Also, a lot of our fans are familiar with our previous bands and that created an audience at the beginning and that is and advantage.

Q: Some bands with a rise as quick as yours speak of a certain disbelieve, has it sunk in for you yet?

A: I think the most difficult thing is people see us play an arena and they assume we are wealthy beyond means, but the truth is if you’re starting a band it’s still an adjustment financially and we are still struggling on that point. So internally the frustration is that you have to have patience. Even though things are going well, but not all the benefits have arrived yet.


Because things were going so well, we just had to go go go.
We toured pretty much this entire year, 4 US tours, a European tour and a Canadian tour with only a couple of weeks off.

So we have to get to this grind and it is difficult, because you’re away from your loved ones and your family and you’re constantly moving. That’s why so many artists go crazy, because of the lifestyle.

So, we know the band does well, but it is not enough.
I also try to take it with a grain of salt, because it can all be gone tomorrow.

Q: The collaboration with DIAMANTE, how did it happen and can you tell us something about how it was working with her?

A: I know Tommy was talking to her and it was kind of facilitated through our label, ‘cause we’re on the same label and Allen Kovac thought it would be cool to turn the song in a duet, ‘cause it wasn’t at first. He wanted a female voice coming on the heels of “Zombie”. The album is very heavy and there were some concerns that there wasn’t enough there to surface some of the people that got to the band because of that song.

So we did a little remix on it and added that vocal and it connected right away. Before it was being pushed to radio, we put out a studio video on YouTube and it got like 10 million views in a month or two.

Sometimes when you know that is working, you just go with it. It was very important to us cause we didn’t want to be the band that did that “one cover song”.

I remember hearing versions of “Zombie” going back a couple years ago and I always loved it and I was so glad that it made the record. It almost didn’t, we were worried that it was too light or it didn’t really fit the vibe but I fought for it and because of its success, it did make the record.
Q: What’s next for you guys?

A: We have like two weeks left of this tour, mostly Germany, Switzerland and Poland. Then we have a week off and then we start the second leg of the Five Finger Death Punch/Breaking Benjamin tour, do that for about four weeks and then we go to Canada with Three Days Grace.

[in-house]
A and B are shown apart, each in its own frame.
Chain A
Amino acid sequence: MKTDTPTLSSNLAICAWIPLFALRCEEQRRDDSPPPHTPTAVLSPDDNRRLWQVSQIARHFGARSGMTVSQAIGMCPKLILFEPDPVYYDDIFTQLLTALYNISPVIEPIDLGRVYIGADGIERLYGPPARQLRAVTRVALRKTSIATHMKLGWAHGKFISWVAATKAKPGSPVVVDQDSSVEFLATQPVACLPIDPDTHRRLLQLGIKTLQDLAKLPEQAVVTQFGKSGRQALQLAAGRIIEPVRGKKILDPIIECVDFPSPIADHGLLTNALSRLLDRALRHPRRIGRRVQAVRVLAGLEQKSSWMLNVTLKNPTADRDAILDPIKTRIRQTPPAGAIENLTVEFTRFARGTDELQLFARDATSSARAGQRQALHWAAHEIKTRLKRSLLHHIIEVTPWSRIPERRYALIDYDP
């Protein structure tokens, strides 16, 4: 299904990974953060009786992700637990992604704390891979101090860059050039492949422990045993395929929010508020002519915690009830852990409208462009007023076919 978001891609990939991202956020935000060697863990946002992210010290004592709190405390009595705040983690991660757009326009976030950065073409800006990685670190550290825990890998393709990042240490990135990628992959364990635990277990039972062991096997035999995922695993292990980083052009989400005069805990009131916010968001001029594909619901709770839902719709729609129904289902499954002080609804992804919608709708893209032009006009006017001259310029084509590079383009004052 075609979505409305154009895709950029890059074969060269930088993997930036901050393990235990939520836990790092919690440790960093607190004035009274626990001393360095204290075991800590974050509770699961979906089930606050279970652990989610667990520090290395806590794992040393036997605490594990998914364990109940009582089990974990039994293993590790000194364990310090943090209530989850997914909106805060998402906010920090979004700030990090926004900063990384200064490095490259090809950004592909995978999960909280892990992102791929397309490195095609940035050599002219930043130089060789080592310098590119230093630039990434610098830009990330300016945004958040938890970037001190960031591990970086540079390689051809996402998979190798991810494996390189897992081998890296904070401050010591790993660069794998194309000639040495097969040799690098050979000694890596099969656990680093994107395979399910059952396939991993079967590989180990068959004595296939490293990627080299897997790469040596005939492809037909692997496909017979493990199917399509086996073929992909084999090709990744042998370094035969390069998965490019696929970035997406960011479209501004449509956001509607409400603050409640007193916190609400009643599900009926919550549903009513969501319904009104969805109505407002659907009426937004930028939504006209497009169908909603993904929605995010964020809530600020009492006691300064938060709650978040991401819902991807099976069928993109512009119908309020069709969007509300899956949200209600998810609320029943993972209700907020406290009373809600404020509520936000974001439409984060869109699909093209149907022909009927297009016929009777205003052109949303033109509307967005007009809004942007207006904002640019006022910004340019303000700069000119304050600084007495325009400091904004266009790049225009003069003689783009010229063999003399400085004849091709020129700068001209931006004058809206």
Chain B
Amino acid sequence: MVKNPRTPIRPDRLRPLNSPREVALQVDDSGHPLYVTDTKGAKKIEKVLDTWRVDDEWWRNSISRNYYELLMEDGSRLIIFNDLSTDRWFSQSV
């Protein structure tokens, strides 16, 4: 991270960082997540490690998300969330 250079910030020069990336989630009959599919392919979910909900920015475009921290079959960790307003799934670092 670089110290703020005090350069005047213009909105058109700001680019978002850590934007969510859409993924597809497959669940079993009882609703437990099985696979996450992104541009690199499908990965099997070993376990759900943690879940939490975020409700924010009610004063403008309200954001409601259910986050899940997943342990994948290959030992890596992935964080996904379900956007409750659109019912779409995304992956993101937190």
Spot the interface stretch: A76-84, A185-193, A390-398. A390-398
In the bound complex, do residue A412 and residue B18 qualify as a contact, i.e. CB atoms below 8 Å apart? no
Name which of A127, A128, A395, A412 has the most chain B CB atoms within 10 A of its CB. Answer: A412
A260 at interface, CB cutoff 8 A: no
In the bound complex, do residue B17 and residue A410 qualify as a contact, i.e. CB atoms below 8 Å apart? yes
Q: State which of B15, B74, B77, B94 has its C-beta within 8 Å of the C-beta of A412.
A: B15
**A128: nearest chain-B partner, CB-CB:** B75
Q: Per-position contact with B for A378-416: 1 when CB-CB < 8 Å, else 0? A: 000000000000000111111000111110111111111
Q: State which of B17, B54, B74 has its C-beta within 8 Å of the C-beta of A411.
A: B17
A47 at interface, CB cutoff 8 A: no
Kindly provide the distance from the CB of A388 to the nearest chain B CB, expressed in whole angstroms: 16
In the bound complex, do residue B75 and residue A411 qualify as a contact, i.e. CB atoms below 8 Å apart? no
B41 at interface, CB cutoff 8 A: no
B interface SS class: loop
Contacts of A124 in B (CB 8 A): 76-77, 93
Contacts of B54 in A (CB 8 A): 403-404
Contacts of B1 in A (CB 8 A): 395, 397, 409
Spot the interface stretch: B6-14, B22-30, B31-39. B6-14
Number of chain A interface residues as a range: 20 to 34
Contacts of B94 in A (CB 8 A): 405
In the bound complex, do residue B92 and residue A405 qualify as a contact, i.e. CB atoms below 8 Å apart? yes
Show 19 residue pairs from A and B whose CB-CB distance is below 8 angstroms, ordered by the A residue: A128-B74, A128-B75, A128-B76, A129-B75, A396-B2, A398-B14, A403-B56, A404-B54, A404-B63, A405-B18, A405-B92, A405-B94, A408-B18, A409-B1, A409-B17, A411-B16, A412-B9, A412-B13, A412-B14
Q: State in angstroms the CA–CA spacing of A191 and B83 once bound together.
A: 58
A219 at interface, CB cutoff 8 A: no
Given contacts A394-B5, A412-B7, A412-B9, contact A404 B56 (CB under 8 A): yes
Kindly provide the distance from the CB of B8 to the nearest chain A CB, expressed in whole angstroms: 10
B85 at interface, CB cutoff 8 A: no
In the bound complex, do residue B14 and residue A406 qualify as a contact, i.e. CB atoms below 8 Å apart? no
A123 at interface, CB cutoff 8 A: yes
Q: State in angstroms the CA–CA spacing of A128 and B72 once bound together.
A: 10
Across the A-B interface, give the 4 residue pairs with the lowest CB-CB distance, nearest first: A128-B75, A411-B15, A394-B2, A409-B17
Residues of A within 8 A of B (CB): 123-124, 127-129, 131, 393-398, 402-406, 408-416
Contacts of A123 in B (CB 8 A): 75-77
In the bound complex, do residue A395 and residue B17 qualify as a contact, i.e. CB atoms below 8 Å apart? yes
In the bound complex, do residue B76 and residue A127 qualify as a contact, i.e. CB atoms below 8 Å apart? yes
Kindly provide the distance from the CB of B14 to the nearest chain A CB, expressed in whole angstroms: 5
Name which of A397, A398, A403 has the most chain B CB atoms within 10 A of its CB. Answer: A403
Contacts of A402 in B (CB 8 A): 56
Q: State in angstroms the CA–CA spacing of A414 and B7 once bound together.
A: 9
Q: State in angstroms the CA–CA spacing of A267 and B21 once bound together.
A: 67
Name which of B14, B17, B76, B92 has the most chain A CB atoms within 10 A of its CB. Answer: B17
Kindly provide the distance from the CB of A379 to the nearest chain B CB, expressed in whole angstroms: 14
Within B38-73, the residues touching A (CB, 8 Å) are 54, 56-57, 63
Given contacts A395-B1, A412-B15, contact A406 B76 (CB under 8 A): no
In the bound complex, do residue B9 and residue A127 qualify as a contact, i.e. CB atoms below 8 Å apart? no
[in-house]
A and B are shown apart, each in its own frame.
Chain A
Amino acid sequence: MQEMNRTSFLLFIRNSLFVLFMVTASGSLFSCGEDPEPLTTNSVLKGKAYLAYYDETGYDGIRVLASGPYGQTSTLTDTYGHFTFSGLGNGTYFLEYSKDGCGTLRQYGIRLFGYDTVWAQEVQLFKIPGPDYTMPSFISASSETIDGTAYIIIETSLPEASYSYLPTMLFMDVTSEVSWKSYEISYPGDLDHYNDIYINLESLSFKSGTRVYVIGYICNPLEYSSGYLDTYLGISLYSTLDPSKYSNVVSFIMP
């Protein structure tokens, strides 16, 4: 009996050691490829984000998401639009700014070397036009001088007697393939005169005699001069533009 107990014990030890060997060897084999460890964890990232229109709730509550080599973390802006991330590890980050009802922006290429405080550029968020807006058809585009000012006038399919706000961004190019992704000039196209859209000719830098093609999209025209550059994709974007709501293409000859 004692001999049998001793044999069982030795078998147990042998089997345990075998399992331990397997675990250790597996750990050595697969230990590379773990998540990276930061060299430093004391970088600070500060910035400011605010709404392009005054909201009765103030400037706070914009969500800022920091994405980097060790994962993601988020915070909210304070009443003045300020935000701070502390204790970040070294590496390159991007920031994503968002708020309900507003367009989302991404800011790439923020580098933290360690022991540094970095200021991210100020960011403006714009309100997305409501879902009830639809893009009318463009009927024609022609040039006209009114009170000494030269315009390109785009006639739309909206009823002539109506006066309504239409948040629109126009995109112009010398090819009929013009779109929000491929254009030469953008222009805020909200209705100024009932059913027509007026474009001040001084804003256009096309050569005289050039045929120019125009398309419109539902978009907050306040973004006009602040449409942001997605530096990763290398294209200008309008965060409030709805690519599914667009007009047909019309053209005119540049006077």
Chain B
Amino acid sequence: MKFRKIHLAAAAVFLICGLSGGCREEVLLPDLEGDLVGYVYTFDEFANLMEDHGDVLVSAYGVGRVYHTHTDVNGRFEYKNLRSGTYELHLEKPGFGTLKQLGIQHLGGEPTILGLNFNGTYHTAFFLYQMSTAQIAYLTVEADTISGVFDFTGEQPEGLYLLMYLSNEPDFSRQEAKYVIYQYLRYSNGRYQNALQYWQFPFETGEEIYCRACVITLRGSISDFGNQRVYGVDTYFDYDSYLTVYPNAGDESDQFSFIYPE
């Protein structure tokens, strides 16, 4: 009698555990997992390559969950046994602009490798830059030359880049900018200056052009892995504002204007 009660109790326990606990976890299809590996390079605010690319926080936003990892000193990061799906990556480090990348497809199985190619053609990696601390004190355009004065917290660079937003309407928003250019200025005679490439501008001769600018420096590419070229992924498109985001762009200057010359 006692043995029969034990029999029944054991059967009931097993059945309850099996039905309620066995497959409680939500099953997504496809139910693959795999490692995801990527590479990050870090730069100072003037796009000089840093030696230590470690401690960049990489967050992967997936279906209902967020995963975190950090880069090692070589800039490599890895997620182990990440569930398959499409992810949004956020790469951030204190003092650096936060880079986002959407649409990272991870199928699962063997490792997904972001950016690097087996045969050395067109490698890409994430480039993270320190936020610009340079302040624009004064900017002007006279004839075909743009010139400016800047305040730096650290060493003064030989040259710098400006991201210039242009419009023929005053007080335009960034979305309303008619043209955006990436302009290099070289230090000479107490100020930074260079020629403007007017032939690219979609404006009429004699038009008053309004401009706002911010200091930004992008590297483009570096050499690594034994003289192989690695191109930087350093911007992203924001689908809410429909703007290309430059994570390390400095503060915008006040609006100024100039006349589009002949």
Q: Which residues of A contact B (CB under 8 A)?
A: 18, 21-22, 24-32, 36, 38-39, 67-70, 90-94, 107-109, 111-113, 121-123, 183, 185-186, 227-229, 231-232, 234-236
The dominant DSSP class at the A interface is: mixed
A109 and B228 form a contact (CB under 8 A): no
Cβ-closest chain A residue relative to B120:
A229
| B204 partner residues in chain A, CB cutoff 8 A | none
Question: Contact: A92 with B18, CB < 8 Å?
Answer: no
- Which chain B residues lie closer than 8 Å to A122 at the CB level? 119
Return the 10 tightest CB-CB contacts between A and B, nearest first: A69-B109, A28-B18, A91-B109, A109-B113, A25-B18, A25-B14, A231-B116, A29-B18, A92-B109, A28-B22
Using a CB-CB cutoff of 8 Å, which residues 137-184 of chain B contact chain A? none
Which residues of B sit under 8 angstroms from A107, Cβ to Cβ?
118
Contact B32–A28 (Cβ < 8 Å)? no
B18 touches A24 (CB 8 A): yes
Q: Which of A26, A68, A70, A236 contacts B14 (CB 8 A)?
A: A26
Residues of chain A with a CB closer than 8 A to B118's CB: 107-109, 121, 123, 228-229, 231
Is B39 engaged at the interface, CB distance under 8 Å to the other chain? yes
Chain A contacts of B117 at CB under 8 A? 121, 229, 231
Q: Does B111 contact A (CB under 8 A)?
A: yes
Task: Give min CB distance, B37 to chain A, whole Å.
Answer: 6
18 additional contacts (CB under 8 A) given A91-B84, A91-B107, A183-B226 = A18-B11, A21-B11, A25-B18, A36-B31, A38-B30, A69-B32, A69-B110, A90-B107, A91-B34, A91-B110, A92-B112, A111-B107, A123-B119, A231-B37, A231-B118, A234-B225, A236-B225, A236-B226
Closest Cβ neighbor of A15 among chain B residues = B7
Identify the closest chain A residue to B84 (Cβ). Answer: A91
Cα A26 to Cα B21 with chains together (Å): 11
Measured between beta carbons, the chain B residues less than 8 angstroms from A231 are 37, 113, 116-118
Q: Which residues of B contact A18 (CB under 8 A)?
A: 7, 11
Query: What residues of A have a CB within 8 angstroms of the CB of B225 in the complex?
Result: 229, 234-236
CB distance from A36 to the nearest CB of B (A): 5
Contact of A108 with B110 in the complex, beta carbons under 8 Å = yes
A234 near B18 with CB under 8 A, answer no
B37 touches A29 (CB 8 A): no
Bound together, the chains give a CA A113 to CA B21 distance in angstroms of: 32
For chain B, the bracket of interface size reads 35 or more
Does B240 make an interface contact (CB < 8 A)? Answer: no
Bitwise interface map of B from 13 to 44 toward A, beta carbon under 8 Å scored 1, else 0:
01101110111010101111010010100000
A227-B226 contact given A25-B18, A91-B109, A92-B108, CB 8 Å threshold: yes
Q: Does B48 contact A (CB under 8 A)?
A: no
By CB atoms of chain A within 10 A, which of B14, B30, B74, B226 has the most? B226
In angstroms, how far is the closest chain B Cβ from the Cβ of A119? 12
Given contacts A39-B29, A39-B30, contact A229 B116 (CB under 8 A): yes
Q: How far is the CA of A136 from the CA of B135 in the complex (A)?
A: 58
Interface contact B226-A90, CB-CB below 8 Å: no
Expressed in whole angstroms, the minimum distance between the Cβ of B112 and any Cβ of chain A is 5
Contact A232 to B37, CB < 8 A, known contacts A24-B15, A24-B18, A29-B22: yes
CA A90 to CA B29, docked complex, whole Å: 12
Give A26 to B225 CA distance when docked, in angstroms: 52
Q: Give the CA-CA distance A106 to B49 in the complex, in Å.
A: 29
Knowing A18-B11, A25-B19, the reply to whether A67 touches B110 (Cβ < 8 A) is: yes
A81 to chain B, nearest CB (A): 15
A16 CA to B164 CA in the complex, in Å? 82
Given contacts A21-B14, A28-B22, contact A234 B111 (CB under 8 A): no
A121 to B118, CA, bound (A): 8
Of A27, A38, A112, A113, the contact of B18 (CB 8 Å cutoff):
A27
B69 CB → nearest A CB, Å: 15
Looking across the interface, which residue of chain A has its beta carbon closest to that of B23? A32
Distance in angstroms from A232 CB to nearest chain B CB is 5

That will take us to right before Christmas. We have another really long stretch and then we start working on a new album, actually we have already started working on the new album but then we are going to write and record it and get everything done and then in February we are going to Australia with Nickelback.

Right now is about getting through this next run. Being here is so important because we want to be a global band. I get how you want to stay in your comfort zone but I think it is really important to get to every part of the world.

It’s about investing and we are in a very unique position because of the quick rise we had but unfortunately you can’t be at two places at the same time

Q: If you would have to describe your music in 5 words, what would they be?

A: These questions are the worst, haha. Heavy, catchy, exciting, progressive and … fun?

I don’t know, haha, this is a question that you would have to email me and then I’d think about it for an hour and type it out but on the spot I’m failing so I apologize.

Q: What advice would you give to bands who are just starting out?

A: The main thing is to have something that is uniquely your own. I think the character is the thing that is going to stand out, because there already is so much stuff out there and people are going to want to think “What’s that?”. 

There is rarely going to be a situation where you don’t have to put in hard work, but you also can’t force it, cause a lot of people work hard and it just doesn’t work out.

So you have to do it because you love it and not because you want to make a lot of money, because there are so few bands that are making it to that level and what gets you through all those years is doing it because you love it and really enjoy it.

So try to be original and do it because you love it!